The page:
Feminist critical theory examines the oppression of women in literature, how the literature “reinforces or undermines the economic, political, social, and psychological oppression of women” (Tyson 83). Tyson argues that society is so immersed in patriarchy that we’re programmed “not to see the ways in which women are oppressed by traditional gender roles” (86). To understand what this means we need to understand patriarchy as “any culture that privileges men by promoting traditional gender roles. Traditional gender roles cast men as rational, strong, protective, and decisive; they cast women as emotional (irrational), weak, nurturing, and submissive” (85). If the literature supports theses characterizations of men and women then it is “sexist, which means it promotes the belief that women are innately inferior to men,” (85) otherwise known as biological essentialism. However, feminism is “culturally, not biologically, produced” says Tyson (86).

When we look at the history of literature it’s argued that “the literary works of (white) male authors describing experience from a (white) male point of view was considered the standard of universality” (84). Feminists argue “the marginalization of many women writers” (84) is just another example of patriarchy as it oppresses the influences and ignores the experiences of both female authors and women in general.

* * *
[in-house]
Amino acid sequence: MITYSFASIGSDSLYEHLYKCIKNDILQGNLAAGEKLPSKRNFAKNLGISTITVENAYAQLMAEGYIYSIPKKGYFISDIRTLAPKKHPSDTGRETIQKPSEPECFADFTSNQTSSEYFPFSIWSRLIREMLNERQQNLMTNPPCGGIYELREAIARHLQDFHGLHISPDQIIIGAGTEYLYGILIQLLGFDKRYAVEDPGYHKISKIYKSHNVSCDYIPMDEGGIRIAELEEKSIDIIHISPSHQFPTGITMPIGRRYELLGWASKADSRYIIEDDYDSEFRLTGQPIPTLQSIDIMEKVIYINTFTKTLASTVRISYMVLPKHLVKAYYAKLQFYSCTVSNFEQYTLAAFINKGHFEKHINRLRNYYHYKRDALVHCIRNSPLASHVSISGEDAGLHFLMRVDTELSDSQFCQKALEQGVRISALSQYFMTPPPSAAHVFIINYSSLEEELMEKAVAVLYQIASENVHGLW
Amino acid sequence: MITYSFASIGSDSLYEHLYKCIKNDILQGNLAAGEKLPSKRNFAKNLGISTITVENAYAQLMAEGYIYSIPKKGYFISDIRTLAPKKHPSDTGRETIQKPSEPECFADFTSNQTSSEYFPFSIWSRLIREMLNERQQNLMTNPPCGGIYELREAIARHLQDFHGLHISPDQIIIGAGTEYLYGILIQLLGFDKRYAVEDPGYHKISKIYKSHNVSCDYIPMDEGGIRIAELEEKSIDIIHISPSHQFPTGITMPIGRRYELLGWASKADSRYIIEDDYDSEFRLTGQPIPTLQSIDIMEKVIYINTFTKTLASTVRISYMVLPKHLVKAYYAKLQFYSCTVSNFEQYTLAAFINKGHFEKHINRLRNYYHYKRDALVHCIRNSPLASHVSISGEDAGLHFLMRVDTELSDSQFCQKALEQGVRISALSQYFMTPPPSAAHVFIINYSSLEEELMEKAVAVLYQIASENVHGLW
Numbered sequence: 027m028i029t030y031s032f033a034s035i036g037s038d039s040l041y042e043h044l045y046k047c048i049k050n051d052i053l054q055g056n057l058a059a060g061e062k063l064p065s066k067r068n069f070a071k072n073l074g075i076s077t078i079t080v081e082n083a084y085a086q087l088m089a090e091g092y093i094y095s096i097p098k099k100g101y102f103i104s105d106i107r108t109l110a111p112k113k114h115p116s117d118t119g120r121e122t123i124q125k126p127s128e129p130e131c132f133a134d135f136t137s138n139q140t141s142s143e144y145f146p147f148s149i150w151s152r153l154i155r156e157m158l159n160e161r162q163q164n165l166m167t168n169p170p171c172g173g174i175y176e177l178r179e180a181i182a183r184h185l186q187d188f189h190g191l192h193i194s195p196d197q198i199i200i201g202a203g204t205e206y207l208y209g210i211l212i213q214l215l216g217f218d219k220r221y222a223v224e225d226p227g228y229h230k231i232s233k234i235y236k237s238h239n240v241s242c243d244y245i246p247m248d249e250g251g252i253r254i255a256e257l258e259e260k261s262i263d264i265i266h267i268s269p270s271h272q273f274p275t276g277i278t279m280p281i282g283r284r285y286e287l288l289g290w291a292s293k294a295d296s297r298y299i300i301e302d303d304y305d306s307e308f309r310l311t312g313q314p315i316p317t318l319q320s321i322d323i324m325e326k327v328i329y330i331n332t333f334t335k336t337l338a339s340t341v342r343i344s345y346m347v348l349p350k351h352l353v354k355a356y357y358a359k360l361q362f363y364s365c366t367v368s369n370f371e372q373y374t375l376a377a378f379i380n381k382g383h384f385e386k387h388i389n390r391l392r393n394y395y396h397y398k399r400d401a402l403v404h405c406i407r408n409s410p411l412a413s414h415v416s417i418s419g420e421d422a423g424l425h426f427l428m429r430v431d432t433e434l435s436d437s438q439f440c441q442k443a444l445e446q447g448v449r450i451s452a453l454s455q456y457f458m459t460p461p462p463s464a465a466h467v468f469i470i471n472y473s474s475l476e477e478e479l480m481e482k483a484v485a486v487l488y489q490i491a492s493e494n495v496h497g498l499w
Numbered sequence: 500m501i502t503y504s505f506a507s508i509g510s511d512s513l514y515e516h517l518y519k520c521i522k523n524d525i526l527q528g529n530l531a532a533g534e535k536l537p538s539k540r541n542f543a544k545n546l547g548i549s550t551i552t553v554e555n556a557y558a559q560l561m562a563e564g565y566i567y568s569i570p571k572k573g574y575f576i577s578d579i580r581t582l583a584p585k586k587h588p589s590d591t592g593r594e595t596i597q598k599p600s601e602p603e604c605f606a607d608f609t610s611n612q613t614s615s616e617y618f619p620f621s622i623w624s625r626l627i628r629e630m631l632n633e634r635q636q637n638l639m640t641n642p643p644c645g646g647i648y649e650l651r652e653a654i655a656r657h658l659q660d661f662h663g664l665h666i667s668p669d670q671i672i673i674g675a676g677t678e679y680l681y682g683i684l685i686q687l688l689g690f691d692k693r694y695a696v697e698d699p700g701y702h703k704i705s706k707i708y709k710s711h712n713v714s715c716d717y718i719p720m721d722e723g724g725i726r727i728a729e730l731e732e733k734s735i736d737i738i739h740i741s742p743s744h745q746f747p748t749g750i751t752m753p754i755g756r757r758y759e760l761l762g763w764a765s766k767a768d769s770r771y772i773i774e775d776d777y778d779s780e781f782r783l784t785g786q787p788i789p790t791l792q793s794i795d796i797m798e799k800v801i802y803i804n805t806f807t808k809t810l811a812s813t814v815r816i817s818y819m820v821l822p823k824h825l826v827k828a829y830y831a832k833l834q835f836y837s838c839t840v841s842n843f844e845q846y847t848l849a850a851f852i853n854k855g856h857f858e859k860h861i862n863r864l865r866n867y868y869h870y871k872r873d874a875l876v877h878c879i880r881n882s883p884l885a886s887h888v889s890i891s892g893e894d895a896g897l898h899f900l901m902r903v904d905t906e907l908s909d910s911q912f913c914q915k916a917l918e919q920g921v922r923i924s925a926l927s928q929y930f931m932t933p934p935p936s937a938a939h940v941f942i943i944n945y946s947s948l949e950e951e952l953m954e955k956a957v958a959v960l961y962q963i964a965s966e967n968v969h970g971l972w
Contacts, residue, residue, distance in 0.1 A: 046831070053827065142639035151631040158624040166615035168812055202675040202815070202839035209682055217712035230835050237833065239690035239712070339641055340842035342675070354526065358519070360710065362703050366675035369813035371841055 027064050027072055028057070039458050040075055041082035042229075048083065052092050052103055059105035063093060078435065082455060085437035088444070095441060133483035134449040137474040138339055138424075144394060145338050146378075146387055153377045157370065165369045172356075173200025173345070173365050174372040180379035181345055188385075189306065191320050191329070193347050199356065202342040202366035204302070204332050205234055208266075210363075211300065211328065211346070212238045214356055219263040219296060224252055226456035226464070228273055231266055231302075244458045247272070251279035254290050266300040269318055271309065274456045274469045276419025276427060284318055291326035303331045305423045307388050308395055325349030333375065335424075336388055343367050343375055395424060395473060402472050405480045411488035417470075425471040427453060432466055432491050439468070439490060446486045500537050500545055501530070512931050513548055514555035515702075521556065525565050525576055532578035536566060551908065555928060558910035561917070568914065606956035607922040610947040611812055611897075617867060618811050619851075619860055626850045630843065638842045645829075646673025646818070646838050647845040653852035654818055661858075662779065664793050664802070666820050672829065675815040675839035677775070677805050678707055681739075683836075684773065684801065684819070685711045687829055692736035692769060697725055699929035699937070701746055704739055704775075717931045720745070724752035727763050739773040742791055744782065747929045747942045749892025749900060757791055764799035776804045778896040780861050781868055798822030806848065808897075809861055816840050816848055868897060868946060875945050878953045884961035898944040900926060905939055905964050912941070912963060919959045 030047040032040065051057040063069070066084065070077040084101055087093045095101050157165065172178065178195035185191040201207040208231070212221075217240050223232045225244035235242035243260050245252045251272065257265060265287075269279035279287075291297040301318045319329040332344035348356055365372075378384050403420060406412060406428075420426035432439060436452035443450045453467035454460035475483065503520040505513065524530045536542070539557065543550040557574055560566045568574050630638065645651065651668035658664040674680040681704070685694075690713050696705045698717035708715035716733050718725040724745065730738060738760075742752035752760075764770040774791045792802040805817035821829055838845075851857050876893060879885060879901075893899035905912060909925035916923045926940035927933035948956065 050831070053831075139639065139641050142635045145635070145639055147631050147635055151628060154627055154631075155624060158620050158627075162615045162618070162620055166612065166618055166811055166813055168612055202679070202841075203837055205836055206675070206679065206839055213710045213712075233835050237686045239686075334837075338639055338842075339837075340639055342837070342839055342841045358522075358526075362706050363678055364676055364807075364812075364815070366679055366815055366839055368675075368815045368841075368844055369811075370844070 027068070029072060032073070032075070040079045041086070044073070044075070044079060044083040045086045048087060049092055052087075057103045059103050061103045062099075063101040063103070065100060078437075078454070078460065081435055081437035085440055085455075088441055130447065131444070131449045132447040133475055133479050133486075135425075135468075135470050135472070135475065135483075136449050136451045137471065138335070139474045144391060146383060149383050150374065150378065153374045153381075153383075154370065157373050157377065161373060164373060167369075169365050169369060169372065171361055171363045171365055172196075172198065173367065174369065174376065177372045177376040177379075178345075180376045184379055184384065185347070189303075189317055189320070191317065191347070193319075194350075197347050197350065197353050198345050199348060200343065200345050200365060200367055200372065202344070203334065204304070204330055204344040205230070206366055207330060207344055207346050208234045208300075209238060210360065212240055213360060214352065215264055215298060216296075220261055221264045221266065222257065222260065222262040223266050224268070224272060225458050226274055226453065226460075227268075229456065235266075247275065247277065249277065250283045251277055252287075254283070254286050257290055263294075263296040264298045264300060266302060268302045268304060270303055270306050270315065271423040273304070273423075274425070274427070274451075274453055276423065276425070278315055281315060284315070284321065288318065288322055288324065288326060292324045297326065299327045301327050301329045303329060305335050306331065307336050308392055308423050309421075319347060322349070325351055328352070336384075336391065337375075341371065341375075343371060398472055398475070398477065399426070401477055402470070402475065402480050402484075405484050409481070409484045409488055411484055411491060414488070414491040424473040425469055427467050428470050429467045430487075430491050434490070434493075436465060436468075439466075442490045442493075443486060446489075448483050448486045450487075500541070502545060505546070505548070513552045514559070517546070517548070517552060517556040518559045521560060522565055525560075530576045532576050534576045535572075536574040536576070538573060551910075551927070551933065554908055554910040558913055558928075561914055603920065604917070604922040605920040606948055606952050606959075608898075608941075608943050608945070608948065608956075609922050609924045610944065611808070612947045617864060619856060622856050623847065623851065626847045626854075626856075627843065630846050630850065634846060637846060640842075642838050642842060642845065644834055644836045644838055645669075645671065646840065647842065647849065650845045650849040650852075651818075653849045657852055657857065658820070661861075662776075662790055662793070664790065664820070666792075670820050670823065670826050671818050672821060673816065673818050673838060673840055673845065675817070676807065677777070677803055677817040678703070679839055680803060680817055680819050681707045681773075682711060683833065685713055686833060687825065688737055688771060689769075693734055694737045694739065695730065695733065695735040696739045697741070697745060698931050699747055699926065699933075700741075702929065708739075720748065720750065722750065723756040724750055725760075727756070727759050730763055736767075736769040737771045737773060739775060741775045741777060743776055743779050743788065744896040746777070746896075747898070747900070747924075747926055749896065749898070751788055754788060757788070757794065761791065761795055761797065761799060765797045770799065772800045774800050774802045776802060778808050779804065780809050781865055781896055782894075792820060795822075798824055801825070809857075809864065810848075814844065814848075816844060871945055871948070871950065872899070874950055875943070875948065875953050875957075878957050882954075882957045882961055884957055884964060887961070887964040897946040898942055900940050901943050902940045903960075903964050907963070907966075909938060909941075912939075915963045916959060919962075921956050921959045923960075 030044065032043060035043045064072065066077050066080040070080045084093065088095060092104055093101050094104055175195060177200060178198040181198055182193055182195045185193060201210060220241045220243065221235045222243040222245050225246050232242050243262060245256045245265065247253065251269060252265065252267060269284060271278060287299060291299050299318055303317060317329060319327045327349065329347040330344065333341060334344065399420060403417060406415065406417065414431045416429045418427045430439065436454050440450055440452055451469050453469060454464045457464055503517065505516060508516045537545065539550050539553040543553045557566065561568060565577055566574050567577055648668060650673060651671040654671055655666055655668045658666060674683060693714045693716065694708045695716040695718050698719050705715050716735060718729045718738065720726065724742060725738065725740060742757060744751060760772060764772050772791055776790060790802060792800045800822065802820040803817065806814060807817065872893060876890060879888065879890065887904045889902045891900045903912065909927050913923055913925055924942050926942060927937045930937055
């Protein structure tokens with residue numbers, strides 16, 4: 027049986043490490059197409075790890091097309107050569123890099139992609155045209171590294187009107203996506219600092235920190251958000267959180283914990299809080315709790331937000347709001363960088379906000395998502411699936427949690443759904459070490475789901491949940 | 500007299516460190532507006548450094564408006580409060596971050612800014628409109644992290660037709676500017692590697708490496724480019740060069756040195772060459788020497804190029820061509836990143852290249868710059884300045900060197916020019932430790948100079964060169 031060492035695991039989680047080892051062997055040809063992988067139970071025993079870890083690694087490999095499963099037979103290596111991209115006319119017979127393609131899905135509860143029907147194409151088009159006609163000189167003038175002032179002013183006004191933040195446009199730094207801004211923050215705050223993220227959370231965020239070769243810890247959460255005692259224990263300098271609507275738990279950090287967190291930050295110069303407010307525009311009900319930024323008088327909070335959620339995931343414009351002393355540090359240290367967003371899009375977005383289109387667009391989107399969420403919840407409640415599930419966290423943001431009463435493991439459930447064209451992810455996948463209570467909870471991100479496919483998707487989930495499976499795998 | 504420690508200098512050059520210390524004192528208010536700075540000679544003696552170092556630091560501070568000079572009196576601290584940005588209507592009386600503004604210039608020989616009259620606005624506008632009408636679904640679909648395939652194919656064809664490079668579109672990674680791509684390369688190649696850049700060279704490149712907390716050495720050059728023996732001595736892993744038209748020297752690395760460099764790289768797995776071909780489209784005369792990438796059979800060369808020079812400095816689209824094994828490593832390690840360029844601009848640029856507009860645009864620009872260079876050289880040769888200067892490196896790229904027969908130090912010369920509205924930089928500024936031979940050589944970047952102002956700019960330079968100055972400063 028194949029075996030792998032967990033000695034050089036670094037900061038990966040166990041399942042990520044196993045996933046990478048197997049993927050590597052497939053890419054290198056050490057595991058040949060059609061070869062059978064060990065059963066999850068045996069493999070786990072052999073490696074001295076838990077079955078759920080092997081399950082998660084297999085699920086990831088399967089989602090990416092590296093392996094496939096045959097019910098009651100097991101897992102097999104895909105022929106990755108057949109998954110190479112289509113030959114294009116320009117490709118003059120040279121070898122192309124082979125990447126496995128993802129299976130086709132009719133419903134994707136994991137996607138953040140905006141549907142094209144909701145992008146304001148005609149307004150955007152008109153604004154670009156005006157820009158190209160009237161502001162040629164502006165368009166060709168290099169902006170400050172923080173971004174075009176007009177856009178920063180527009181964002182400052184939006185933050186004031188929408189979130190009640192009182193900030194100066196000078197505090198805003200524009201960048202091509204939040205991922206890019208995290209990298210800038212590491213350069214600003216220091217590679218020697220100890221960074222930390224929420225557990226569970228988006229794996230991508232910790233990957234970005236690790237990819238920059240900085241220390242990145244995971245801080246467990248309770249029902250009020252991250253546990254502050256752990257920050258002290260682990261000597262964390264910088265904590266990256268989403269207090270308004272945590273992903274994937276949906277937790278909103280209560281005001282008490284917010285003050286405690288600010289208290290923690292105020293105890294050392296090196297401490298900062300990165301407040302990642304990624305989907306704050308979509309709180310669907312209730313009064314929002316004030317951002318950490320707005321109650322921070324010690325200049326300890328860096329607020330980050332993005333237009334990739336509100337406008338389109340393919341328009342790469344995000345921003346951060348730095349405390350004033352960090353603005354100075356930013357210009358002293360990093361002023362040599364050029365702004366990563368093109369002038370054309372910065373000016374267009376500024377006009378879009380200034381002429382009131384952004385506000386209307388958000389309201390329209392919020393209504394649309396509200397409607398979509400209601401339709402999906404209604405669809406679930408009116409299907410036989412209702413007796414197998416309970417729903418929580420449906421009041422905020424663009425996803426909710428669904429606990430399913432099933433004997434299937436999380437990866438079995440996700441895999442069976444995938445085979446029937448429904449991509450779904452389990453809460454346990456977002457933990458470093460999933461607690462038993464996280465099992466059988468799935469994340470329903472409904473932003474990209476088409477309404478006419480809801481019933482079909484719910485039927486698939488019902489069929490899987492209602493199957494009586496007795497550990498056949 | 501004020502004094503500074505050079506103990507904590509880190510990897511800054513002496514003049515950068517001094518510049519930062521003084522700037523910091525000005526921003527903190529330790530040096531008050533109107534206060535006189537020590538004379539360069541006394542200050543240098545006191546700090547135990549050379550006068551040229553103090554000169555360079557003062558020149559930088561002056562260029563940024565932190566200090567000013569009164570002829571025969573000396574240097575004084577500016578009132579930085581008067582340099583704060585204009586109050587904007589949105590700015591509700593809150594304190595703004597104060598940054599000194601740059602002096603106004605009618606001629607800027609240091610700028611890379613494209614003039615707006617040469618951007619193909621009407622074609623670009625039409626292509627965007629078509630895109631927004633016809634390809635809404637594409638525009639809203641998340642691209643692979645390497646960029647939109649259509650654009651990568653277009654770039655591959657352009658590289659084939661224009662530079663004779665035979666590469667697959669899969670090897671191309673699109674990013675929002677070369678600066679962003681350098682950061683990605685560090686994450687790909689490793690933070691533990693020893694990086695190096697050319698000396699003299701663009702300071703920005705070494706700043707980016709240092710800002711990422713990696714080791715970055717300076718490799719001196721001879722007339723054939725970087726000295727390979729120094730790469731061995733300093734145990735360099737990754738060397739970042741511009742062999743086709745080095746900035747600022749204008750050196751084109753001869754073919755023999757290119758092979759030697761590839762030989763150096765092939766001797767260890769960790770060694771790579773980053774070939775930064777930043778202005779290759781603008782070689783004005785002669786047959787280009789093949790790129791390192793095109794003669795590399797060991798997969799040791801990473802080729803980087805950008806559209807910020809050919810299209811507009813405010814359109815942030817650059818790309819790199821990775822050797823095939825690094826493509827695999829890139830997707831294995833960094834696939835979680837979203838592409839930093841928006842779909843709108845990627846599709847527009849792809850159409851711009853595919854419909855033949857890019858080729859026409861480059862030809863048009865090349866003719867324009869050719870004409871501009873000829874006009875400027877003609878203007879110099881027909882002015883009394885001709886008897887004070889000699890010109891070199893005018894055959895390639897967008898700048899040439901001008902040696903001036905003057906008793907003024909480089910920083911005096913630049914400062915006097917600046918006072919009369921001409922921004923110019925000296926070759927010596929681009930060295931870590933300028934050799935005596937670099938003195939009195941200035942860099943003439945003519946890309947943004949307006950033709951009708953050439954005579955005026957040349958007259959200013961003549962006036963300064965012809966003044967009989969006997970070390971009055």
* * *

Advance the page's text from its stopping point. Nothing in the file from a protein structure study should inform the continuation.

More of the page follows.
All throughout society patriarchy works to justify inequities between men and women. But we need to look at the difference between sex and gender. “Sex, which refers to our biological constitution as female or male, and the word gender, which refers to our cultural programming as feminine or masculine” (86). It’s not enough for a guy to be male, he has to espouse the masculine qualities and “being a ‘real’ man in patriarchal culture requires that [he] hold feminine qualities in contempt” (88). Men oppress women to “maintain the male monopoly of positions of economic, political, and social power” (86).

Feminisms “ultimate goal [is] to change the world by promoting women’s equality” (92). Because feminists argue women live in a male dominated society wherein the point of view for most things is from a male perspective. Even the frameworks of psychoanalysis and Marxist critical theory borrow from patriarchal ideology (93). And of course feminist literary interpretations are subjective, because we are all living in a patriarchal society and are limited by our ability to see beyond that social conditioning.

Tyson, Lois. Critical Theory Today: A User-Friendly Guide. New York: Routledge, 2006. Print.

Originally published at www.happinessfootprint.com on April 11, 2012.

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